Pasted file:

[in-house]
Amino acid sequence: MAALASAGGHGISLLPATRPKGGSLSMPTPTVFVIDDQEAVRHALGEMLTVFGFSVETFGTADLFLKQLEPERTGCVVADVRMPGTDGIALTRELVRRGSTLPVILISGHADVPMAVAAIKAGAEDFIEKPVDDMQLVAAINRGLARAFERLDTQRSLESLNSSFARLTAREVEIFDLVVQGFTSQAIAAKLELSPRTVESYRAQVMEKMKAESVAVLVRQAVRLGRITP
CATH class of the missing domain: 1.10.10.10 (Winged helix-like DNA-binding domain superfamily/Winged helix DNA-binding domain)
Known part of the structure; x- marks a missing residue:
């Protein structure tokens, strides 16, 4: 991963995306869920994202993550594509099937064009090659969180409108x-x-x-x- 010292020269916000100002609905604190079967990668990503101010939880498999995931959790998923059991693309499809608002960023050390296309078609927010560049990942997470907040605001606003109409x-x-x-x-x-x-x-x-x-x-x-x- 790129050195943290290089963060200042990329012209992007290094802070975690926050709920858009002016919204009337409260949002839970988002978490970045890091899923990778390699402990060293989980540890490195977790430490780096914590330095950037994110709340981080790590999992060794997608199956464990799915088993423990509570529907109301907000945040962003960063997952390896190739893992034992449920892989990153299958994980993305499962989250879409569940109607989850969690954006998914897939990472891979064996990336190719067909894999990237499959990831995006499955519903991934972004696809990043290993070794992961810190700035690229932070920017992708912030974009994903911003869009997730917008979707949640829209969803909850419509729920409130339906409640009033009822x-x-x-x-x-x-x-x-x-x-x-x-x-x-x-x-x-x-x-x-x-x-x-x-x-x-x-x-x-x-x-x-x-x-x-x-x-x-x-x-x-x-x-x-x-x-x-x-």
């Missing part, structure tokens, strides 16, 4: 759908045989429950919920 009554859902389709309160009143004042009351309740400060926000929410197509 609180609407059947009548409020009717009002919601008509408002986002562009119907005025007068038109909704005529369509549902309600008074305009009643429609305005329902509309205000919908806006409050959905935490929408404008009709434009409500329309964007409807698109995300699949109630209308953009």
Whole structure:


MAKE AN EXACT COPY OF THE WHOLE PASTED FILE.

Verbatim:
[in-house]
Amino acid sequence: MAALASAGGHGISLLPATRPKGGSLSMPTPTVFVIDDQEAVRHALGEMLTVFGFSVETFGTADLFLKQLEPERTGCVVADVRMPGTDGIALTRELVRRGSTLPVILISGHADVPMAVAAIKAGAEDFIEKPVDDMQLVAAINRGLARAFERLDTQRSLESLNSSFARLTAREVEIFDLVVQGFTSQAIAAKLELSPRTVESYRAQVMEKMKAESVAVLVRQAVRLGRITP
CATH class of the missing domain: 1.10.10.10 (Winged helix-like DNA-binding domain superfamily/Winged helix DNA-binding domain)
Known part of the structure; x- marks a missing residue:
């Protein structure tokens, strides 16, 4: 991963995306869920994202993550594509099937064009090659969180409108x-x-x-x- 010292020269916000100002609905604190079967990668990503101010939880498999995931959790998923059991693309499809608002960023050390296309078609927010560049990942997470907040605001606003109409x-x-x-x-x-x-x-x-x-x-x-x- 790129050195943290290089963060200042990329012209992007290094802070975690926050709920858009002016919204009337409260949002839970988002978490970045890091899923990778390699402990060293989980540890490195977790430490780096914590330095950037994110709340981080790590999992060794997608199956464990799915088993423990509570529907109301907000945040962003960063997952390896190739893992034992449920892989990153299958994980993305499962989250879409569940109607989850969690954006998914897939990472891979064996990336190719067909894999990237499959990831995006499955519903991934972004696809990043290993070794992961810190700035690229932070920017992708912030974009994903911003869009997730917008979707949640829209969803909850419509729920409130339906409640009033009822x-x-x-x-x-x-x-x-x-x-x-x-x-x-x-x-x-x-x-x-x-x-x-x-x-x-x-x-x-x-x-x-x-x-x-x-x-x-x-x-x-x-x-x-x-x-x-x-």
């Missing part, structure tokens, strides 16, 4: 759908045989429950919920 009554859902389709309160009143004042009351309740400060926000929410197509 609180609407059947009548409020009717009002919601008509408002986002562009119907005025007068038109909704005529369509549902309600008074305009009643429609305005329902509309205000919908806006409050959905935490929408404008009709434009409500329309964007409807698109995300699949109630209308953009």
Whole structure: